International sales and
non-carbonated products resulted in positive showings for soft drink
companies in 2007.
The Coca-Cola Co. reported net operating revenues
improved 20 percent for 2007. Worldwide, Coca-Cola’s unit case volume
increased 6 percent for the year, which added more than 1.2 billion case
units in 2007. Acquisitions contributed 1 point of unit case volume growth
for the year.
“By successfully executing our clearly defined
strategies with our bottling partners, we delivered 6 percent unit case
volume growth for the year and four consecutive quarters of double-digit
earnings per share growth,” said Neville Isdell, chairman and chief
executive officer of The Coca-Cola Co., in a statement.
“Importantly, this growth was balanced across
our geographies and portfolio of brands. On a worldwide basis, sparkling
beverage volume increased a solid 4 percent, and still beverages increased
Coca-Cola’s sparkling beverage unit case volume
weakened 2 percent for the year. Coca-Cola Zero, which launched in 2005,
delivered growth for the company, increasing unit case volume double digits
for the year. And the still beverage unit’s case volume increased 5
Good news globally
PepsiCo also reported many positive findings in its
full-year results. Net revenue strengthened 12 percent and reported
operating profit and core division operating profit both grew 10 percent.
PepsiCo grew worldwide revenue 12 percent for the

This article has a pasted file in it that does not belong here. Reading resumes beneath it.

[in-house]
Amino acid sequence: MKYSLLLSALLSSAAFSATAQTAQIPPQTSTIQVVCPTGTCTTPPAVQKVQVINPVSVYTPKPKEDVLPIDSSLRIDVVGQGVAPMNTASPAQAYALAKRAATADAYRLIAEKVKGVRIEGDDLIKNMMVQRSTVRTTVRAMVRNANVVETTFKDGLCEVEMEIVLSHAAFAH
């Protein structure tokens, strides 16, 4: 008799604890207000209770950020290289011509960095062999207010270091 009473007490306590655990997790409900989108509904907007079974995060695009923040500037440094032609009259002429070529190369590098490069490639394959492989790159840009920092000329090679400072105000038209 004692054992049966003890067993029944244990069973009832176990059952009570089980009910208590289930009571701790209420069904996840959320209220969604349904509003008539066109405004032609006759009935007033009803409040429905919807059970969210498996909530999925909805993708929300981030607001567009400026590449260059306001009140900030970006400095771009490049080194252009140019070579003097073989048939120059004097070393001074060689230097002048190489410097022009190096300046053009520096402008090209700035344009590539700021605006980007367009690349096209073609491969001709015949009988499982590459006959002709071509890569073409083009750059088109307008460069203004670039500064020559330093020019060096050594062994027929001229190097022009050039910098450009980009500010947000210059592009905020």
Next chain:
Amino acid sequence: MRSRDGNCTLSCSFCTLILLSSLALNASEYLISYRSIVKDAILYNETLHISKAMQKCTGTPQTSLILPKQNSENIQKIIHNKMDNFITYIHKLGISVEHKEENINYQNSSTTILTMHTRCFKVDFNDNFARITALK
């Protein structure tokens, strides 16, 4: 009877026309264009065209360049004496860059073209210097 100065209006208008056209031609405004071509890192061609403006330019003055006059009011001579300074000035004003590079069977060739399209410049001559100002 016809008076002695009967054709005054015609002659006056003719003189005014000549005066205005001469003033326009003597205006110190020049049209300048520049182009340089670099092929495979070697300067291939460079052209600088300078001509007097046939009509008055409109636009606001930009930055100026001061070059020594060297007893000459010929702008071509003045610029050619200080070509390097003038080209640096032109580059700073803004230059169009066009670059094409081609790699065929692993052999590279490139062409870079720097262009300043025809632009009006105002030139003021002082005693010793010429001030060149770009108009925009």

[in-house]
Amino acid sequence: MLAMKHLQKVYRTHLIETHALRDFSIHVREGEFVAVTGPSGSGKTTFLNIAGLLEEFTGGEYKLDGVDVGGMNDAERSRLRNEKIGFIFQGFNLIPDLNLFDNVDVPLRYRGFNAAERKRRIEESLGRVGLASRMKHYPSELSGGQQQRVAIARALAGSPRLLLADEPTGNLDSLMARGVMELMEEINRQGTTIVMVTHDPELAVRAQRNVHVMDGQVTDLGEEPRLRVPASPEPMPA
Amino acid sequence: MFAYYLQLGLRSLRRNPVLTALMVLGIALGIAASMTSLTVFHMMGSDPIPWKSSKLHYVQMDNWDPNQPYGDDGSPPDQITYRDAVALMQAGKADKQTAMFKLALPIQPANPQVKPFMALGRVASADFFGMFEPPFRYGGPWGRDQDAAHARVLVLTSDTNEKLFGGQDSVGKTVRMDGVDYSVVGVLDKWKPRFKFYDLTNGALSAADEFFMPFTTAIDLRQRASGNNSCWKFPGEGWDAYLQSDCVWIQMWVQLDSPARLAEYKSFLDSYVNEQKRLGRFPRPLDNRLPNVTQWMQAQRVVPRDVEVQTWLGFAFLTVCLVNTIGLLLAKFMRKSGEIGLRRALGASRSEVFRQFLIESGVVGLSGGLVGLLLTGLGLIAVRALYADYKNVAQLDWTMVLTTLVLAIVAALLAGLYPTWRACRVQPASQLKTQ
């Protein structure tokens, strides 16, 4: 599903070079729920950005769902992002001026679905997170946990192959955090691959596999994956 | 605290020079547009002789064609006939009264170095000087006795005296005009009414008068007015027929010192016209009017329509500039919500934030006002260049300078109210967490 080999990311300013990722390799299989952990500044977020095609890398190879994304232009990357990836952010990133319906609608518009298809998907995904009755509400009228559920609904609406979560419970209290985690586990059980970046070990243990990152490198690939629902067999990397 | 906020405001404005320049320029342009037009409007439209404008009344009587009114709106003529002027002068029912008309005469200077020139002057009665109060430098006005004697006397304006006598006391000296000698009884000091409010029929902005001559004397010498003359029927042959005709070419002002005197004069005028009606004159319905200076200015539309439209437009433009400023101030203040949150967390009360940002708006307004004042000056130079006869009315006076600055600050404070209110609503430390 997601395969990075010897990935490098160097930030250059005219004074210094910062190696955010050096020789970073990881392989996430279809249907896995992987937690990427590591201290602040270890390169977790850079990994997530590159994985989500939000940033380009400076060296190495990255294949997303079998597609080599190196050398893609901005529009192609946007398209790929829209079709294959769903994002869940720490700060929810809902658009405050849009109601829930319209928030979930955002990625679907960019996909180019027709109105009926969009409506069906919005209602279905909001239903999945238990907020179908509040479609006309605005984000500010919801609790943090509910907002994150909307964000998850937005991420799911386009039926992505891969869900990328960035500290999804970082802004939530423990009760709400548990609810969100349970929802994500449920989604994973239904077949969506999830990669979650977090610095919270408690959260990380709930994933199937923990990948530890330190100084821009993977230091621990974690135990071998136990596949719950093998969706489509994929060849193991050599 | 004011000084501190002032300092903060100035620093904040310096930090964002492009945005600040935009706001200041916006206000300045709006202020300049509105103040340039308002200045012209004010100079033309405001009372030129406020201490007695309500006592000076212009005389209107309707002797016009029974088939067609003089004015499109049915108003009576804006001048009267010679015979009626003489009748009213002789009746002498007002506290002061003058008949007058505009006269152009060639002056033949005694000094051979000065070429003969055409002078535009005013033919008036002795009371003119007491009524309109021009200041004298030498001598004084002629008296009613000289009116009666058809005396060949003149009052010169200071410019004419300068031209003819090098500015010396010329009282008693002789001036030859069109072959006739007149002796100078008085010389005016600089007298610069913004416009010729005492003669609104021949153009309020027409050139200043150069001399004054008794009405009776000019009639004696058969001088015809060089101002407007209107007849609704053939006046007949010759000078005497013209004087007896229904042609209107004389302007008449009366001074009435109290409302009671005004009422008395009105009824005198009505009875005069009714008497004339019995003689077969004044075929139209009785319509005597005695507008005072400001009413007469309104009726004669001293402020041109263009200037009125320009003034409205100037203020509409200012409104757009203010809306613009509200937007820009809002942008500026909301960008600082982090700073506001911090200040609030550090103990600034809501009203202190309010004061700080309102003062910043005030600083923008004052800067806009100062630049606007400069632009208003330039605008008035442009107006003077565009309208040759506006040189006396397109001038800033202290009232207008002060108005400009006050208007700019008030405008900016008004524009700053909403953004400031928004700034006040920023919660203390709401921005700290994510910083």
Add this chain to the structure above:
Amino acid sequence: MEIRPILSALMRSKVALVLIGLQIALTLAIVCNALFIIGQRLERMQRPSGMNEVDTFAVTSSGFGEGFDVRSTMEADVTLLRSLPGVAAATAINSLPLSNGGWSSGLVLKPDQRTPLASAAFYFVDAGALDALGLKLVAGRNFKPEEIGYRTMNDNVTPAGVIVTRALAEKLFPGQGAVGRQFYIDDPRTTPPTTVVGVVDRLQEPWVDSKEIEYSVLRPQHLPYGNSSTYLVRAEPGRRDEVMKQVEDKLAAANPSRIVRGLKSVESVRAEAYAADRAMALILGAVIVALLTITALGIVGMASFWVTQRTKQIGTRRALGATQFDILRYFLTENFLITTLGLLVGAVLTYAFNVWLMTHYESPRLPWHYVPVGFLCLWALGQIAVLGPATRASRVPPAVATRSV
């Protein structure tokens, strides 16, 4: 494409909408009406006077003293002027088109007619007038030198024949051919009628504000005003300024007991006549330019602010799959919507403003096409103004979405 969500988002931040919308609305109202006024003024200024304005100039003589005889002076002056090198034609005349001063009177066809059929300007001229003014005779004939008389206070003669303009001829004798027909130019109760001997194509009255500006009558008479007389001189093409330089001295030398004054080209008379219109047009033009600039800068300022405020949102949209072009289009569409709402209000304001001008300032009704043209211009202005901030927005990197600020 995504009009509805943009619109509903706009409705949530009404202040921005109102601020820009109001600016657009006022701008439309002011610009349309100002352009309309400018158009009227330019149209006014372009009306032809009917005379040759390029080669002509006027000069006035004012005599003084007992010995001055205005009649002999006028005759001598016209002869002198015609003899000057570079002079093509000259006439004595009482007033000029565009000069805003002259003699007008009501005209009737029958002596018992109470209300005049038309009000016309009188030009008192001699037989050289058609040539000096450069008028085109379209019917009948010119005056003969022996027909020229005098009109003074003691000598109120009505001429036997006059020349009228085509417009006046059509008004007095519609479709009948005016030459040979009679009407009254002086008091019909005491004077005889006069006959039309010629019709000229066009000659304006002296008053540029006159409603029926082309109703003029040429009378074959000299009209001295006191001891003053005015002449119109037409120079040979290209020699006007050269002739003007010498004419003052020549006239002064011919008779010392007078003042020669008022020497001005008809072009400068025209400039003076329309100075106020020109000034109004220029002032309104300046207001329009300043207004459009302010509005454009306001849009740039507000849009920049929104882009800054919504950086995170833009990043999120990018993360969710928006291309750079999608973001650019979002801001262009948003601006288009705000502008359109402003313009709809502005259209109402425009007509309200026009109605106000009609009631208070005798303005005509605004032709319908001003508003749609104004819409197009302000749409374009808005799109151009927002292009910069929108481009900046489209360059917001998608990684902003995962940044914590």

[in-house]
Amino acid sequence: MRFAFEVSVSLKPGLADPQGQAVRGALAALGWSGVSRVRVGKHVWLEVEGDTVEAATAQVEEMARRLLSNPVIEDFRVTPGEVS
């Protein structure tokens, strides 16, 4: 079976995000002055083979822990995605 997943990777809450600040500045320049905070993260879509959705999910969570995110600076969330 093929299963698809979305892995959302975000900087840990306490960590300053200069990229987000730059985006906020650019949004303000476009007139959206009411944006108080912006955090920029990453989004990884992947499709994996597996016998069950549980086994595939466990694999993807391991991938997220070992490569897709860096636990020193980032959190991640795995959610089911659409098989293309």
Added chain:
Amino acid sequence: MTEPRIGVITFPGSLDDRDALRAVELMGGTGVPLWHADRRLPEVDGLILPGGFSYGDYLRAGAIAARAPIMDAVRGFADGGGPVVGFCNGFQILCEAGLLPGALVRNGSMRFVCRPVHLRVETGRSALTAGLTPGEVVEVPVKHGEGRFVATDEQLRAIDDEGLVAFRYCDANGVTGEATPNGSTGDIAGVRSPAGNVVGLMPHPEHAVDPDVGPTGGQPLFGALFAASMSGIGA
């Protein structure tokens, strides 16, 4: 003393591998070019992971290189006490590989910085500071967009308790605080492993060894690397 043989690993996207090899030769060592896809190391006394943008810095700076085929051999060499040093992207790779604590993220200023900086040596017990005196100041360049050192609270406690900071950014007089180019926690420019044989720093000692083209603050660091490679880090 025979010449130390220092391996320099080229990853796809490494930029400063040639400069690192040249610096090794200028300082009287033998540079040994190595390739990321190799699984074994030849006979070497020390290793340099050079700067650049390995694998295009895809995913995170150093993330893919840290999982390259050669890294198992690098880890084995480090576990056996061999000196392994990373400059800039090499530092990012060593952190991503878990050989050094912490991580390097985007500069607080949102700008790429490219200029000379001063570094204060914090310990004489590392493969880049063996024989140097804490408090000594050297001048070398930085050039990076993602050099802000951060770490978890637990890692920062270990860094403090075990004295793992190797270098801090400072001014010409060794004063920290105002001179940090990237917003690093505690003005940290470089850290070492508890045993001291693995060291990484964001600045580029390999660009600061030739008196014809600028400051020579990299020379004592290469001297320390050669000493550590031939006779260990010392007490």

year, which includes 4 percent in volume growth in beverages. PepsiCo
International led volume gains with 8 percent beverage growth. Volume in
PepsiCo Beverages North America (PBNA) was flat compared with the prior
Non-carbonated beverages also drove volume growth at
PBNA. Beverage volume increased 1 percent in the quarter, which reflects
high single-digit improvement in non-carbonated beverages and is partially
offset by a low single-digit dip in CSDs.
The success story at PepsiCo is PepsiCo
International’s double-digit growth in the Middle East, China,
Brazil, Argentina, India and Russia. Overall, CSDs grew at a high
single-digit rate, posting growth in each of the division’s four
largest trademarks. Non-carbonates still led the division’s beverage
volume growth, and posted double-digit gains.
In March 2007, Cadbury Schweppes announced the
separation of its confectionery and Americas Beverages businesses. Americas
Beverages generates more than 80 percent of its revenues in the United
States, and Cadbury Schweppes determined that the demerged Americas
Beverages should be listed on the New York Stock Exchange as Dr Pepper
Snapple Group (DPSG).
In its full-year results the company reported revenue
increased 7 percent to $15.6 billion for all of Cadbury Schweppes. The
figure includes a 16 percent gain in profits in the Americas Beverages unit
due to the acquisition of the Dr Pepper/Seven Up bottling group.
Americas Beverages reported an increase of 4 percent
in base business revenues, led by Sunkist and A&W. The company said
that it continued to benefit from the trend away from colas to flavored
CSDs. The company’s CSDs grew 1 percent in the United States, and its
share of the CSD market rose by 40 base points, the company says. It marks
the fourth consecutive year of share gains.
In February, Cadbury Schweppes also announced that
Wayne Sanders will be the chairman of DPSG, following the demerger. Sanders
spent 28 years at Kimberly-Clark where he served 11 years as chairman and
chief executive officer before retiring in 2003.